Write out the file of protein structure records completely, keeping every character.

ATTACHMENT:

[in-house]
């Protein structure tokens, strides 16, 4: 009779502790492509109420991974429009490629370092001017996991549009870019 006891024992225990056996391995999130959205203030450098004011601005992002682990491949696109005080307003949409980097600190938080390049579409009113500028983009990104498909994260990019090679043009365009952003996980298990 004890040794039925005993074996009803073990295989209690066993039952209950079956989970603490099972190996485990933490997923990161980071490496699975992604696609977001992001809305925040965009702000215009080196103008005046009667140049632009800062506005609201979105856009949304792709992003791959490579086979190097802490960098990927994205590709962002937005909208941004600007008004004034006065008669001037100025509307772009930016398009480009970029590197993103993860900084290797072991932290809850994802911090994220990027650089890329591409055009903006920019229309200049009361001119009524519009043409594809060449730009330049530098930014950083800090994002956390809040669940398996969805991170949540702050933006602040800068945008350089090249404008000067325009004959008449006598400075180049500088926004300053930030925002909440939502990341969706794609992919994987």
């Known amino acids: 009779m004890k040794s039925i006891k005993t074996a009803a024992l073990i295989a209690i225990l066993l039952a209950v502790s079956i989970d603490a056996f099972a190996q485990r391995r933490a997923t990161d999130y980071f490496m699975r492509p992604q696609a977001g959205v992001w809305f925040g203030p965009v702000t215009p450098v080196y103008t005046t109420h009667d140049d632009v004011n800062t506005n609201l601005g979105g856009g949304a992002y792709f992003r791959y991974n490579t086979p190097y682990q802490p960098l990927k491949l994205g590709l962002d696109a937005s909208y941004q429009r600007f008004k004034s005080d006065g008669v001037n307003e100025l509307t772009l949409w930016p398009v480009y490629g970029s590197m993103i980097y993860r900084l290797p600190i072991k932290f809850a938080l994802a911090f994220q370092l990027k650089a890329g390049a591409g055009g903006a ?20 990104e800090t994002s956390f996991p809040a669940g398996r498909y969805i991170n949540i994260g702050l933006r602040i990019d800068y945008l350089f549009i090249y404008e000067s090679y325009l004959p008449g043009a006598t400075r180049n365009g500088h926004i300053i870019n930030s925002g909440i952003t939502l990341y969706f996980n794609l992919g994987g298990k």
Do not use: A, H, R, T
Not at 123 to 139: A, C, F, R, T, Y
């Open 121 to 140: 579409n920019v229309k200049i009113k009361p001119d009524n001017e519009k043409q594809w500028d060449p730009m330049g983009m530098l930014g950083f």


[in-house]
């Protein structure tokens, strides 16, 4: 009779502790492509109420991974429009490629370092001017996991549009870019 006891024992225990056996391995999130959205203030450098004011601005992002682990491949696109005080307003949409980097600190938080390049579409009113500028983009990104498909994260990019090679043009365009952003996980298990 004890040794039925005993074996009803073990295989209690066993039952209950079956989970603490099972190996485990933490997923990161980071490496699975992604696609977001992001809305925040965009702000215009080196103008005046009667140049632009800062506005609201979105856009949304792709992003791959490579086979190097802490960098990927994205590709962002937005909208941004600007008004004034006065008669001037100025509307772009930016398009480009970029590197993103993860900084290797072991932290809850994802911090994220990027650089890329591409055009903006920019229309200049009361001119009524519009043409594809060449730009330049530098930014950083800090994002956390809040669940398996969805991170949540702050933006602040800068945008350089090249404008000067325009004959008449006598400075180049500088926004300053930030925002909440939502990341969706794609992919994987």
């Known amino acids: 009779m004890k040794s039925i006891k005993t074996a009803a024992l073990i295989a209690i225990l066993l039952a209950v502790s079956i989970d603490a056996f099972a190996q485990r391995r933490a997923t990161d999130y980071f490496m699975r492509p992604q696609a977001g959205v992001w809305f925040g203030p965009v702000t215009p450098v080196y103008t005046t109420h009667d140049d632009v004011n800062t506005n609201l601005g979105g856009g949304a992002y792709f992003r791959y991974n490579t086979p190097y682990q802490p960098l990927k491949l994205g590709l962002d696109a937005s909208y941004q429009r600007f008004k004034s005080d006065g008669v001037n307003e100025l509307t772009l949409w930016p398009v480009y490629g970029s590197m993103i980097y993860r900084l290797p600190i072991k932290f809850a938080l994802a911090f994220q370092l990027k650089a890329g390049a591409g055009g903006a ?20 990104e800090t994002s956390f996991p809040a669940g398996r498909y969805i991170n949540i994260g702050l933006r602040i990019d800068y945008l350089f549009i090249y404008e000067s090679y325009l004959p008449g043009a006598t400075r180049n365009g500088h926004i300053i870019n930030s925002g909440i952003t939502l990341y969706f996980n794609l992919g994987g298990k």
Do not use: A, H, R, T
Not at 123 to 139: A, C, F, R, T, Y
């Open 121 to 140: 579409n920019v229309k200049i009113k009361p001119d009524n001017e519009k043409q594809w500028d060449p730009m330049g983009m530098l930014g950083f």